Sunday, 6 August 2017

© Abaco ~ Jewels of the Northern Bahamas!

        Lying 180 miles off the Florida coast occupying 776 square miles are the islands of Abaco. Comprised of the the large mainland of Great Abaco, Little Abaco and a string of barrier islands stretching along its northern shoreline, from Walkers Cay in far northwest around to Elbow Cay and Tilloo Cay & Lubbers Quarters becoming the southern most islands. To the west lying further in the ocean and clear of the massive area of shallows known as The Marls, are two islands sitting alone in the ocean, Moore's Island and a few miles south a small settlement and Gorda Cay, purchased by Disney Cruise Lines developed as a tourist stop-over destination.


Many of the outer cays are privately owned, some supporting their own airstrips. Flying inbound to Abaco are direct commercial flights from Florida and Nassau. Both Treasure Cay and Marsh Harbour being Ports of Entry for Bahamas Customs & Immigration. Marsh Harbour holds the largest community within the islands, just shy of 6000 people. The town supports major food centers, hardware stores and marine supply establishments with yachting the principal source of visitors within the islands. Marinas are many and scattered throughout the Abaco Cays offering provisions, restaurants, fuel & dockage.  (*NB: if you see a photo you admire, by all means click on to see an enlarged version to be dragged on to your desktop to keep!)

The islands were first inhabited by The Loyalists arriving in 1783 escaping the American Revolution while staying loyal to England's King George III. Leaving their South Carolina properties some even dismantled their homes as best possible bringing stonework & furniture. Their architecture remains to this day with its classic porches and dormer windows. Photography is irresistible being able to catch history standing still here.

Man-o-War Cay supports a major flow of yachting tourism offering locally made wares and easy tie-up-to restaurants on the waterfront.

We explore the idyllic narrow streets boasting manicured properties and gorgeous waterfronts. All the way to the far western end of the island we find 'The Crossing' where ocean water laps over the rocks on a high tide trying to reach the calm bay within a few yards on the other side. Here we meet at sunset and watch the evenings canvas unfold.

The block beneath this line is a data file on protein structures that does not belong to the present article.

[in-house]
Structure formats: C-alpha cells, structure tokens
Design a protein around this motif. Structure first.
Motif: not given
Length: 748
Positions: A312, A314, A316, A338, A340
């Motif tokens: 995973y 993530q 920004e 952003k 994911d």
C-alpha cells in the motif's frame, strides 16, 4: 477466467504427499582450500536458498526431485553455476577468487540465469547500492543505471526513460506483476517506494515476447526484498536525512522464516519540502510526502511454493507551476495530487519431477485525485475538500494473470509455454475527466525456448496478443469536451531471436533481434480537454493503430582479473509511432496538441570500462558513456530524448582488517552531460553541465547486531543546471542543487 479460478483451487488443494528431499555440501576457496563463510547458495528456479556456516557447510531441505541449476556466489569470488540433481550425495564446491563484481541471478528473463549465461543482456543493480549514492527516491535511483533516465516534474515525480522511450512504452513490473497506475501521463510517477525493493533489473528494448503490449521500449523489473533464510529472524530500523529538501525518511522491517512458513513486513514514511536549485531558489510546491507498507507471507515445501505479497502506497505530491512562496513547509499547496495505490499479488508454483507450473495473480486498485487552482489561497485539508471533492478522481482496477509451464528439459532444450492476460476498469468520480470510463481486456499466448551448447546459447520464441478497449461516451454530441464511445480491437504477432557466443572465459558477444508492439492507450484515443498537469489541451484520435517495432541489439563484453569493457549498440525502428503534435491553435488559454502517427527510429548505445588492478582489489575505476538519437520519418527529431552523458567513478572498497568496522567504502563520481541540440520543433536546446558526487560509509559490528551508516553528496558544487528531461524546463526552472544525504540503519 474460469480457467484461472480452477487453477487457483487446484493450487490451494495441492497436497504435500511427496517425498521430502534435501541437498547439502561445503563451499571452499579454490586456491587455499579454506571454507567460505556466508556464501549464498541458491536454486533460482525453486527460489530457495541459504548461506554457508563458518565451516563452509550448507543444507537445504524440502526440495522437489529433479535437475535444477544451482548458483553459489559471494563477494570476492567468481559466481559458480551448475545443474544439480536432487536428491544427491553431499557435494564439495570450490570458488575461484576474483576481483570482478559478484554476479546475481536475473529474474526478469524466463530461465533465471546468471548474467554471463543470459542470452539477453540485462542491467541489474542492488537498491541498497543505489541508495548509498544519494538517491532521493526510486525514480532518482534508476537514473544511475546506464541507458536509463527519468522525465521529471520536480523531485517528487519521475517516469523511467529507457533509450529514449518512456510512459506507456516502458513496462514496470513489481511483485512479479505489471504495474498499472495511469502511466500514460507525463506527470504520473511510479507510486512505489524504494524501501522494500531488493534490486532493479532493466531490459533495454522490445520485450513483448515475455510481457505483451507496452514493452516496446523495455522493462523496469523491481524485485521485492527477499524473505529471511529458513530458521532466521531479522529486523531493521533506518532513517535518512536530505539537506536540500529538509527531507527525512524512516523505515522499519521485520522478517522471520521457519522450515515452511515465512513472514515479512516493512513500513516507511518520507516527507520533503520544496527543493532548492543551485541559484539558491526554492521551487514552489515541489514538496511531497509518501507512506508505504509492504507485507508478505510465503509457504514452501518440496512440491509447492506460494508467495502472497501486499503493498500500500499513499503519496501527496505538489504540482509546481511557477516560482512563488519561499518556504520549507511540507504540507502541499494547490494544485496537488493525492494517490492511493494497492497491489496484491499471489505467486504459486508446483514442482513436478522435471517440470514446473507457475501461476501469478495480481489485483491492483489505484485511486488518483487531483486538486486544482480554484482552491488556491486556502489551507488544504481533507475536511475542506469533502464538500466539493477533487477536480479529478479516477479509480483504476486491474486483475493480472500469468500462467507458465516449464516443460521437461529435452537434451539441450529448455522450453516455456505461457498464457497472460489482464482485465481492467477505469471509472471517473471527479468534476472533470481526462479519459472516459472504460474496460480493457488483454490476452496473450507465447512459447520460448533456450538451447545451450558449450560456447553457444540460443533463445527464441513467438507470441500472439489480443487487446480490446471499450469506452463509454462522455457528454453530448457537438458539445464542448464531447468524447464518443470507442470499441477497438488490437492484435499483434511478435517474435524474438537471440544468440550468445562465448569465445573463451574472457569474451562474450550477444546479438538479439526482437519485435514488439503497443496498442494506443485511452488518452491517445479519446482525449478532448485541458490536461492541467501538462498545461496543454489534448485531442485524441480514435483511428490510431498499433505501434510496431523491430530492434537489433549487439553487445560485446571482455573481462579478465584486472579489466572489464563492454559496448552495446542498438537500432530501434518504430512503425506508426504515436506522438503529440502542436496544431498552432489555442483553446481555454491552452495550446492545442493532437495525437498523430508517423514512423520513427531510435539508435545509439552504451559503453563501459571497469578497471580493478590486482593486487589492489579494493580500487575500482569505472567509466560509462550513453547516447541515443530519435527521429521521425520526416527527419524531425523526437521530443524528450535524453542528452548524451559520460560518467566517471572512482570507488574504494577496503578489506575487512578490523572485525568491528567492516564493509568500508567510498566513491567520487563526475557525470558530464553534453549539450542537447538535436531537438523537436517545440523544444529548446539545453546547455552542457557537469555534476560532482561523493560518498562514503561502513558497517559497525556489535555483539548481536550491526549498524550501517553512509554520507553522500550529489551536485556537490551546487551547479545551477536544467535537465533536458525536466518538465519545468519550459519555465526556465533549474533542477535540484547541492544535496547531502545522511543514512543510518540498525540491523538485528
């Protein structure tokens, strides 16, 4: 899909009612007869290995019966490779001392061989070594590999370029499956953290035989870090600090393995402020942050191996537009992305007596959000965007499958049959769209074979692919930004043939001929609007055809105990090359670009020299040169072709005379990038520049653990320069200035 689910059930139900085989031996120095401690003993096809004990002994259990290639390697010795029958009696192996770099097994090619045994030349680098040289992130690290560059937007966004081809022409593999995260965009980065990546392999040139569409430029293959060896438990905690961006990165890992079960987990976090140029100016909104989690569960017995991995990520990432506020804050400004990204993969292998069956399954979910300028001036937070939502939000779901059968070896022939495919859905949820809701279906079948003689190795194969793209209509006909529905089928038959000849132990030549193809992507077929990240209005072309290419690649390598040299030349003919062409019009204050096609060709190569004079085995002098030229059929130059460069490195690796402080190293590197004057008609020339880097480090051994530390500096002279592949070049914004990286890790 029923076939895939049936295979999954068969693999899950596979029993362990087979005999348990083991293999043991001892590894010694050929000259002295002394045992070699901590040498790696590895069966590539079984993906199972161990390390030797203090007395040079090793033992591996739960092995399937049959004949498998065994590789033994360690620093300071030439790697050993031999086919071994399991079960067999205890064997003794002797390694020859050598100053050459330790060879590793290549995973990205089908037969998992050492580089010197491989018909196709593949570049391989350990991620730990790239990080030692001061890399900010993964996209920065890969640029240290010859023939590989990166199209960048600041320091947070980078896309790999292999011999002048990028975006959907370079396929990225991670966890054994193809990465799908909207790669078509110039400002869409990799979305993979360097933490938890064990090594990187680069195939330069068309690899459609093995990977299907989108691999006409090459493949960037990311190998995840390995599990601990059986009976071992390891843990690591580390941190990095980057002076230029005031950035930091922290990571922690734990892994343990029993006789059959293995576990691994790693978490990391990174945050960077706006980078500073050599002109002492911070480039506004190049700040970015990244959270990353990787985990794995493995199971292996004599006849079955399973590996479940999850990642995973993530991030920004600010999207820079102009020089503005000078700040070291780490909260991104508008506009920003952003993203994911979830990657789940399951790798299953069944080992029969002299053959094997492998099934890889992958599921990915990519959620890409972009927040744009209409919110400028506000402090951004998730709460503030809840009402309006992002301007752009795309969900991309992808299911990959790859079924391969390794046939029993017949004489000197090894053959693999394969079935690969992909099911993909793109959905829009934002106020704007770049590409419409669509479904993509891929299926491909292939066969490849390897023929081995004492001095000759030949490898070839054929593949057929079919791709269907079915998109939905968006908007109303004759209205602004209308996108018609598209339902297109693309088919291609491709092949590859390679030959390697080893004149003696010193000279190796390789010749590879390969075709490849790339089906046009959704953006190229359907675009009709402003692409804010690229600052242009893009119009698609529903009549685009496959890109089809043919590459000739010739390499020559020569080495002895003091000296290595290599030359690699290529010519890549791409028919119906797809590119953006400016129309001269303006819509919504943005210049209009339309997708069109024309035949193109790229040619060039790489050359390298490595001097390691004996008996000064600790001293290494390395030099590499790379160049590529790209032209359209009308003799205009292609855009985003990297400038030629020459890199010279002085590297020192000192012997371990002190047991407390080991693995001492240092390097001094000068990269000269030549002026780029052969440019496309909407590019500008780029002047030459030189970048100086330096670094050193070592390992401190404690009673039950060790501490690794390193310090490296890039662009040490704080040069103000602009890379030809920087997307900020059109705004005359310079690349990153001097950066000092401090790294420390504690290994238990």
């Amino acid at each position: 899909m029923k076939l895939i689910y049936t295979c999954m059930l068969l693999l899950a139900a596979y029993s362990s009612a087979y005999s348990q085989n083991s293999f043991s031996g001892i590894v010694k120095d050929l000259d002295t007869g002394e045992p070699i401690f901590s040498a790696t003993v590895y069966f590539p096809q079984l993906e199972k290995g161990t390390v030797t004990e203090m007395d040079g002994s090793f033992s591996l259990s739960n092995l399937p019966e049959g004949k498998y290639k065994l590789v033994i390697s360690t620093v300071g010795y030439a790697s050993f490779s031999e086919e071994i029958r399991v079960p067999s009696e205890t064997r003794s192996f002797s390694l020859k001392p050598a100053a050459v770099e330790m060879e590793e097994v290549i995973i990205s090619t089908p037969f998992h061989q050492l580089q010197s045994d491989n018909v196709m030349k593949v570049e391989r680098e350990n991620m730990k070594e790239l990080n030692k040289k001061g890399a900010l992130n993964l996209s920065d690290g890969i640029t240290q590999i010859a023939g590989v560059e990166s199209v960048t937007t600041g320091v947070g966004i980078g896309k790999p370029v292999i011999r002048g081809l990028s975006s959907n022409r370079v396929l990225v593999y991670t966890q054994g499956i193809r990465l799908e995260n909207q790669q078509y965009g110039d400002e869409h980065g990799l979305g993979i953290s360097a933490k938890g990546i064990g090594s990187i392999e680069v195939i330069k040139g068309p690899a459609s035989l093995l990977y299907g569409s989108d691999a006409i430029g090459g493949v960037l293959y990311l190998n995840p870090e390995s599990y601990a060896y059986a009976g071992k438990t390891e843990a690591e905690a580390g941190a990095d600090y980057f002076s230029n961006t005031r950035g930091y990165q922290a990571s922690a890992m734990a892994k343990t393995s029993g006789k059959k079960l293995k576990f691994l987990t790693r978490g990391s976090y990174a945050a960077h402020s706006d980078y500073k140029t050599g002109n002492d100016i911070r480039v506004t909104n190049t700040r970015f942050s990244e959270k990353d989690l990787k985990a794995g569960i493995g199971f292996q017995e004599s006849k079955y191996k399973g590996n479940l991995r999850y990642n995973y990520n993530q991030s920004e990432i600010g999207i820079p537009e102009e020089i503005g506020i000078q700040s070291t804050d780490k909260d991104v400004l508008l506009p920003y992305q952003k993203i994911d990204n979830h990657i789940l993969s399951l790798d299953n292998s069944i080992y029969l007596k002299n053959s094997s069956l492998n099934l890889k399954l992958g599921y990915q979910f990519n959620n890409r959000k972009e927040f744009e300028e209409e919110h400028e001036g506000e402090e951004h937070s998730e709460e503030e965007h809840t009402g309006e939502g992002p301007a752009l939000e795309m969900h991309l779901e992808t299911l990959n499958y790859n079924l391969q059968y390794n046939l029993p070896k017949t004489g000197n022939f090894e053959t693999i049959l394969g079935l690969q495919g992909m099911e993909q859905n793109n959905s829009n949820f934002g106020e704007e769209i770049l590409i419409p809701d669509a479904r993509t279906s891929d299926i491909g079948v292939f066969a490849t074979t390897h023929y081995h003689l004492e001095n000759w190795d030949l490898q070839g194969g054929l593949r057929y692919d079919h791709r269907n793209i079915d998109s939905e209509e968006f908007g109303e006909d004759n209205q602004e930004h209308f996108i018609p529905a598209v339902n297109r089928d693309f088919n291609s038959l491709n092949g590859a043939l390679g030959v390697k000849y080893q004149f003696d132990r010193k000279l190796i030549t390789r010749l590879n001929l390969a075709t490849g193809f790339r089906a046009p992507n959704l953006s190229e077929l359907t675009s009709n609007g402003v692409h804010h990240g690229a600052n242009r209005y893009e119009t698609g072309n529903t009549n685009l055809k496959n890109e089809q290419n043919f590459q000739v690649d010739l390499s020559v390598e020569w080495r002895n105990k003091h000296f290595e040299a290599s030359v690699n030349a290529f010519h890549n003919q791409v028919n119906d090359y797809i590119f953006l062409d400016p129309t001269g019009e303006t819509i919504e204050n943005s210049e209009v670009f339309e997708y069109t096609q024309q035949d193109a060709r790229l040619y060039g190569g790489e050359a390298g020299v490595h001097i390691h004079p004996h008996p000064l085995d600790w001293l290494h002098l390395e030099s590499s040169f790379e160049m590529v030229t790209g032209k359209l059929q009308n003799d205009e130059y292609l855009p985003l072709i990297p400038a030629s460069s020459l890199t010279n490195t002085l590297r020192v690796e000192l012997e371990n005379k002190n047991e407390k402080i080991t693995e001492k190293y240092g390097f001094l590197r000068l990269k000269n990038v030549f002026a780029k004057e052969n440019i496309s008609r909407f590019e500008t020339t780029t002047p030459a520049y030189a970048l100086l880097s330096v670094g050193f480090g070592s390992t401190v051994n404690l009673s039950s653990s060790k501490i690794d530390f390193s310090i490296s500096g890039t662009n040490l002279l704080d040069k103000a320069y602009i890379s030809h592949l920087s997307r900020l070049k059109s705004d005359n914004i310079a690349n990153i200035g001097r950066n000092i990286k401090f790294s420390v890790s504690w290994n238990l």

These early inhabitants survived in the islands from salvaging wrecked ships and becoming master boat builders, a trade that the Abaco Cays have become famous for, well in demand by boaters from all walks of life today. The boat yards of Man-o-War Cay produce amazing hulls, crafted as no other within the Bahamas. Walking the narrow streets, only wide enough for golf carts, one passes classic wooden hulls on the side of the roads being restored or finished inside the yards as a new product.


The mainland of Abaco connects with its sister cays with a really efficient ferry service operating from Marsh Harbour. From here one can board a "Donnie" ferry to most major island settlements within a short boat ride away. 

Arrival by air carriers from mainland Florida or Nassau take taxis to the ferry port and on to popular destinations such as Hope Town, Man-o-War Cay, or Green Turtle Cay. Next stop for us would be Hope Town with its dominant candy-striped lighthouse keeping watch over one of the most popular harbors in the northern Bahamas.

The lighthouse was originally built in 1862 and commissioned into full time use two years later as one of the last kerosene fueled lighthouses in the world. Its beam could be seen at night extending just over 23 miles away to be recently replaced with a less effective digital light. There are no cars in old-town Hope Town, room only for pedestrians and golf carts with a local population under 600. Architecture is kept strictly Bahamian with building approvals granted by local Town Planning.

..... more to come here as we explore beautiful Hope Town and beyond!

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